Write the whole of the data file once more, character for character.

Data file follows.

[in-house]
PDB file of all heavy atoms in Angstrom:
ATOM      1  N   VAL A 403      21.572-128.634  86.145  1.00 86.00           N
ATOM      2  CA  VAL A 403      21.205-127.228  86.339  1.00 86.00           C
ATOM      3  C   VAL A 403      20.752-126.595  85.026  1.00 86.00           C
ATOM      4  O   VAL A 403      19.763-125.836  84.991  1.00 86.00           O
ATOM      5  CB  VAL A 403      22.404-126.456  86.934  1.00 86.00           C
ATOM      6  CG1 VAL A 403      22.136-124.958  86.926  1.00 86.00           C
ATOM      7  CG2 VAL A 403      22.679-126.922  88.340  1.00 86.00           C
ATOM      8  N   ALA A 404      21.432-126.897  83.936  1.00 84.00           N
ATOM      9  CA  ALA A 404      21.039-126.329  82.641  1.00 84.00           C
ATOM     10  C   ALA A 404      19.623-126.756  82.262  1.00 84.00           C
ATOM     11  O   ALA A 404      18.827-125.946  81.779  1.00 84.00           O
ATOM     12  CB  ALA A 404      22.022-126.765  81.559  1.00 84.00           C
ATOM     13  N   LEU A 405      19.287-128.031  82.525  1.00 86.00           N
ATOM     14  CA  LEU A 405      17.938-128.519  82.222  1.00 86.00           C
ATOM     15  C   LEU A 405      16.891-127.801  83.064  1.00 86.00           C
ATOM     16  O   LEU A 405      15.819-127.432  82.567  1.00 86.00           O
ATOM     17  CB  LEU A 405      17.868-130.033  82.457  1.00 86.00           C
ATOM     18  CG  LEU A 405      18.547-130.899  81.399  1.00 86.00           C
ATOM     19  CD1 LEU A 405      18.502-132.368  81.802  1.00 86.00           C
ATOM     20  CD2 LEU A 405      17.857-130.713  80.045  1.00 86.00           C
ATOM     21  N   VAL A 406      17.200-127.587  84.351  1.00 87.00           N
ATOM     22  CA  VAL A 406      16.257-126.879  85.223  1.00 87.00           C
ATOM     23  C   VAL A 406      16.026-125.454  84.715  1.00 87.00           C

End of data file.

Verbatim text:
[in-house]
PDB file of all heavy atoms in Angstrom:
ATOM      1  N   VAL A 403      21.572-128.634  86.145  1.00 86.00           N
ATOM      2  CA  VAL A 403      21.205-127.228  86.339  1.00 86.00           C
ATOM      3  C   VAL A 403      20.752-126.595  85.026  1.00 86.00           C
ATOM      4  O   VAL A 403      19.763-125.836  84.991  1.00 86.00           O
ATOM      5  CB  VAL A 403      22.404-126.456  86.934  1.00 86.00           C
ATOM      6  CG1 VAL A 403      22.136-124.958  86.926  1.00 86.00           C
ATOM      7  CG2 VAL A 403      22.679-126.922  88.340  1.00 86.00           C
ATOM      8  N   ALA A 404      21.432-126.897  83.936  1.00 84.00           N
ATOM      9  CA  ALA A 404      21.039-126.329  82.641  1.00 84.00           C
ATOM     10  C   ALA A 404      19.623-126.756  82.262  1.00 84.00           C
ATOM     11  O   ALA A 404      18.827-125.946  81.779  1.00 84.00           O
ATOM     12  CB  ALA A 404      22.022-126.765  81.559  1.00 84.00           C
ATOM     13  N   LEU A 405      19.287-128.031  82.525  1.00 86.00           N
ATOM     14  CA  LEU A 405      17.938-128.519  82.222  1.00 86.00           C
ATOM     15  C   LEU A 405      16.891-127.801  83.064  1.00 86.00           C
ATOM     16  O   LEU A 405      15.819-127.432  82.567  1.00 86.00           O
ATOM     17  CB  LEU A 405      17.868-130.033  82.457  1.00 86.00           C
ATOM     18  CG  LEU A 405      18.547-130.899  81.399  1.00 86.00           C
ATOM     19  CD1 LEU A 405      18.502-132.368  81.802  1.00 86.00           C
ATOM     20  CD2 LEU A 405      17.857-130.713  80.045  1.00 86.00           C
ATOM     21  N   VAL A 406      17.200-127.587  84.351  1.00 87.00           N
ATOM     22  CA  VAL A 406      16.257-126.879  85.223  1.00 87.00           C
ATOM     23  C   VAL A 406      16.026-125.454  84.715  1.00 87.00           C